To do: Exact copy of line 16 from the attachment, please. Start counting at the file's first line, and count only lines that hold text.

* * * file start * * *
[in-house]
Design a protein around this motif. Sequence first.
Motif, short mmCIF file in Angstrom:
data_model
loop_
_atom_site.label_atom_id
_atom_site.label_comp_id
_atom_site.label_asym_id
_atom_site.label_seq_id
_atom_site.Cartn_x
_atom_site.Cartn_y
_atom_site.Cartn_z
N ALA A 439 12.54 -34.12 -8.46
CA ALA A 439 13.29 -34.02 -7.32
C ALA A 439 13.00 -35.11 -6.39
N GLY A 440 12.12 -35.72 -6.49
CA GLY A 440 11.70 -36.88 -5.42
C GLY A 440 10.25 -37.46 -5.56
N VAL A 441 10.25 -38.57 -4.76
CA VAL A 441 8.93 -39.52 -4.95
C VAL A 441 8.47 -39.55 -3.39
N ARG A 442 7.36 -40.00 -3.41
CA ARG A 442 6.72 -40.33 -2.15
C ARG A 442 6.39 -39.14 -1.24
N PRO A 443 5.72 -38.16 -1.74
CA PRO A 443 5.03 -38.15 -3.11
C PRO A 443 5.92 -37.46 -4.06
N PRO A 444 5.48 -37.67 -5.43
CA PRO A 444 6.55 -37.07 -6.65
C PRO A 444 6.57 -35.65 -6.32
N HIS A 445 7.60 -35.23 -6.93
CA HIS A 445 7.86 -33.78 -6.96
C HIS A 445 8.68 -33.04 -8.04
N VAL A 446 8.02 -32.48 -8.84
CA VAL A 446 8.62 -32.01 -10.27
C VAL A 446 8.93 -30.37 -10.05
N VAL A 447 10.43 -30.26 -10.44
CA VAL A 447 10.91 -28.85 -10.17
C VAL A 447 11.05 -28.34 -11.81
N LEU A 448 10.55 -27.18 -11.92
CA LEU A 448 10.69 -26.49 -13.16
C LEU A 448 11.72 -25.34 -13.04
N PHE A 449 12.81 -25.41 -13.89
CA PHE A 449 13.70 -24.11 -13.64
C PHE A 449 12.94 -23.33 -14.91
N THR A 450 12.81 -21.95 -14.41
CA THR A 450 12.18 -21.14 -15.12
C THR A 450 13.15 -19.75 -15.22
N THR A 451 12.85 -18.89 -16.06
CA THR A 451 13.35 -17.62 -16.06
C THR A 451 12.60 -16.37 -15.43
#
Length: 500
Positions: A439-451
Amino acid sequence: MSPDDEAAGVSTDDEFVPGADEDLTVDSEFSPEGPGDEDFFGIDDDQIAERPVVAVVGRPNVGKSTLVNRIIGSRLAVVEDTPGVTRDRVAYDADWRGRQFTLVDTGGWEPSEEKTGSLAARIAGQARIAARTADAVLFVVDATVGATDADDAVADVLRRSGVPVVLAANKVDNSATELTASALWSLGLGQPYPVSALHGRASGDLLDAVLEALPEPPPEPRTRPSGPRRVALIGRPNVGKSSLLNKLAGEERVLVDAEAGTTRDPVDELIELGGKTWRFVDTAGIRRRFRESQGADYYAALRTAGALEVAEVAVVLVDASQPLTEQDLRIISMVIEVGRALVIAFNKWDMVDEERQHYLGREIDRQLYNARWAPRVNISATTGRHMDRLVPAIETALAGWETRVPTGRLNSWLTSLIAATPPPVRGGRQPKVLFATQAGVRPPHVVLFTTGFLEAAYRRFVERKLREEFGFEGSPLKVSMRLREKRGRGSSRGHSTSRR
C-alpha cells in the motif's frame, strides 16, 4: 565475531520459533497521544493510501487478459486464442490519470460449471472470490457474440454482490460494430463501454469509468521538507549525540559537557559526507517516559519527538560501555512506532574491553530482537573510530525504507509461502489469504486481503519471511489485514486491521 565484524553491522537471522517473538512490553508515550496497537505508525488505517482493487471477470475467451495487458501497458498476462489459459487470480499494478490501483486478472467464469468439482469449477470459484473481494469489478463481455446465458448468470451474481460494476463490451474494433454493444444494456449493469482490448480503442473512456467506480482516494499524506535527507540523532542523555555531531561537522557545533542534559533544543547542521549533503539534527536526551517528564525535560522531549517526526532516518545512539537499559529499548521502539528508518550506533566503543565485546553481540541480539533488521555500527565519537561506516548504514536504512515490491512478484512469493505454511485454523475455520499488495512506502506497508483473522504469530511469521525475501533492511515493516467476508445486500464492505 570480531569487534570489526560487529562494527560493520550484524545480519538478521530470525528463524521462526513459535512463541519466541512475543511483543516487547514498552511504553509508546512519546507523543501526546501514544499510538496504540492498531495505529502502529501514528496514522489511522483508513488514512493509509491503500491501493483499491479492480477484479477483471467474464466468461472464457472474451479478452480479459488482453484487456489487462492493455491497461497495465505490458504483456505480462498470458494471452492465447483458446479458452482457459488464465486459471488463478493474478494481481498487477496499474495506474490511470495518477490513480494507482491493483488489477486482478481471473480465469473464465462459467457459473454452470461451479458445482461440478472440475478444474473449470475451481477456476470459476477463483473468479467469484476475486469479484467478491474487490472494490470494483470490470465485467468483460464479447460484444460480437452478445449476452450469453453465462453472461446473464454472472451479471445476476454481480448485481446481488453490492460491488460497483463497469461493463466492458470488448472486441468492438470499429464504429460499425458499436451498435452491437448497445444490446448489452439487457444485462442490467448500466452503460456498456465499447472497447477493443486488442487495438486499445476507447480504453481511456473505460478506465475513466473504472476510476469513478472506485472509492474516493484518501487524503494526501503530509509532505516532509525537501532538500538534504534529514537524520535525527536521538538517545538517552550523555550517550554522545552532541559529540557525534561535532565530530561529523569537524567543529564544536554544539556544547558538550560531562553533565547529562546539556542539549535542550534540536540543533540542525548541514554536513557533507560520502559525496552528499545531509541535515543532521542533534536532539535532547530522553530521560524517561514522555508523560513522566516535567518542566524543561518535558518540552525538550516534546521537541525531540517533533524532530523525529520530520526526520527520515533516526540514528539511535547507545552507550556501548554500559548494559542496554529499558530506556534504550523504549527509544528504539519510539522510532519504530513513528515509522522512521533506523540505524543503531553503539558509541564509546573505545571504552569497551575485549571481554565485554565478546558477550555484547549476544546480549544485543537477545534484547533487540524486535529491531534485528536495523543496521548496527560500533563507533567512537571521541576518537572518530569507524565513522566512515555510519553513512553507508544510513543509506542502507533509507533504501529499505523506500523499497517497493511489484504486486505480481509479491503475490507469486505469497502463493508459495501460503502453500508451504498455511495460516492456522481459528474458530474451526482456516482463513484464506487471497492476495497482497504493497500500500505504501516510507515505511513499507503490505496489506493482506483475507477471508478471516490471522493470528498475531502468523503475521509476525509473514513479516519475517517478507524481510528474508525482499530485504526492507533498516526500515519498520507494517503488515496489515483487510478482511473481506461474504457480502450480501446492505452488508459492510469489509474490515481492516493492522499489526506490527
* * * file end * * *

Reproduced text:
N GLY A 440 12.12 -35.72 -6.49